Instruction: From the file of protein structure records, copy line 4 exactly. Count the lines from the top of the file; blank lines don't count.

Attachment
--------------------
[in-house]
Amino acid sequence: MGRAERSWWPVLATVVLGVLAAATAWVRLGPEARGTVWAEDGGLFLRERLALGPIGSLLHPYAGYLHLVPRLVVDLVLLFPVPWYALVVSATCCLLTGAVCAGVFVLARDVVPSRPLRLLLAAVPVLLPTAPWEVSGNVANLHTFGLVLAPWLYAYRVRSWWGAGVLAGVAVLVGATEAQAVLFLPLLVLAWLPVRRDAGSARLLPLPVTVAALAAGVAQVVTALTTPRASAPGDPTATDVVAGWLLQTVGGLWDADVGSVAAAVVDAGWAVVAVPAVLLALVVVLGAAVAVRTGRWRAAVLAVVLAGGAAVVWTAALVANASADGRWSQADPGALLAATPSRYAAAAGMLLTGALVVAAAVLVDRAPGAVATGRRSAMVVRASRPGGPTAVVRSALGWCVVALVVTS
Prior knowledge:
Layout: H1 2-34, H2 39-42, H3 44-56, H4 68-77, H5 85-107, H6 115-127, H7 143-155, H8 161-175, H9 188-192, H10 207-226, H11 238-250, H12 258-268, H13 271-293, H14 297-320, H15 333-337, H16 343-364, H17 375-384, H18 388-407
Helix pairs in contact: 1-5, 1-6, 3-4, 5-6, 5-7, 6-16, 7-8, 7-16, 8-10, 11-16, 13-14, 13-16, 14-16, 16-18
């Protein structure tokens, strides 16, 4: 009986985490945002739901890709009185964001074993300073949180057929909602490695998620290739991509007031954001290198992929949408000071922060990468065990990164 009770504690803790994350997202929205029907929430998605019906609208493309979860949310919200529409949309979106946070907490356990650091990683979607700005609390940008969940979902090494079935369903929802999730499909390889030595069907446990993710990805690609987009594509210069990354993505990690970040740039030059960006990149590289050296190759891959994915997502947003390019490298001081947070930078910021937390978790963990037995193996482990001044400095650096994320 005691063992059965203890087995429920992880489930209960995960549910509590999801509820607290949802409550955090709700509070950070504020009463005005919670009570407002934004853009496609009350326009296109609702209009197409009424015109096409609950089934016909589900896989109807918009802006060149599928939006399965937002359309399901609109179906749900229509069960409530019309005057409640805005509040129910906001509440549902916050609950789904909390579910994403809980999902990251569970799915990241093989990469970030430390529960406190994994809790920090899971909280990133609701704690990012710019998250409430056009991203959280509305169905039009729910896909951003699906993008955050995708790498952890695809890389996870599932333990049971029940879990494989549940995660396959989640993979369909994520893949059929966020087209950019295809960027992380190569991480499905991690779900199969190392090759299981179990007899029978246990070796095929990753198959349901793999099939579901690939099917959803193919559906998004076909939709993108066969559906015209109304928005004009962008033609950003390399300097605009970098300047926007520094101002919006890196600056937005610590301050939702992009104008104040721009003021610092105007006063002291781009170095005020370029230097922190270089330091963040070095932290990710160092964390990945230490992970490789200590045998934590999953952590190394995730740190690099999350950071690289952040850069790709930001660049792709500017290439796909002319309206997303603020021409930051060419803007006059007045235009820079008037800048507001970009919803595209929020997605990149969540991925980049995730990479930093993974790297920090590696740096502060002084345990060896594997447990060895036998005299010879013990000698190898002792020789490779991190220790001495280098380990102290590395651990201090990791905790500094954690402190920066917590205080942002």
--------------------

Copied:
Layout: H1 2-34, H2 39-42, H3 44-56, H4 68-77, H5 85-107, H6 115-127, H7 143-155, H8 161-175, H9 188-192, H10 207-226, H11 238-250, H12 258-268, H13 271-293, H14 297-320, H15 333-337, H16 343-364, H17 375-384, H18 388-407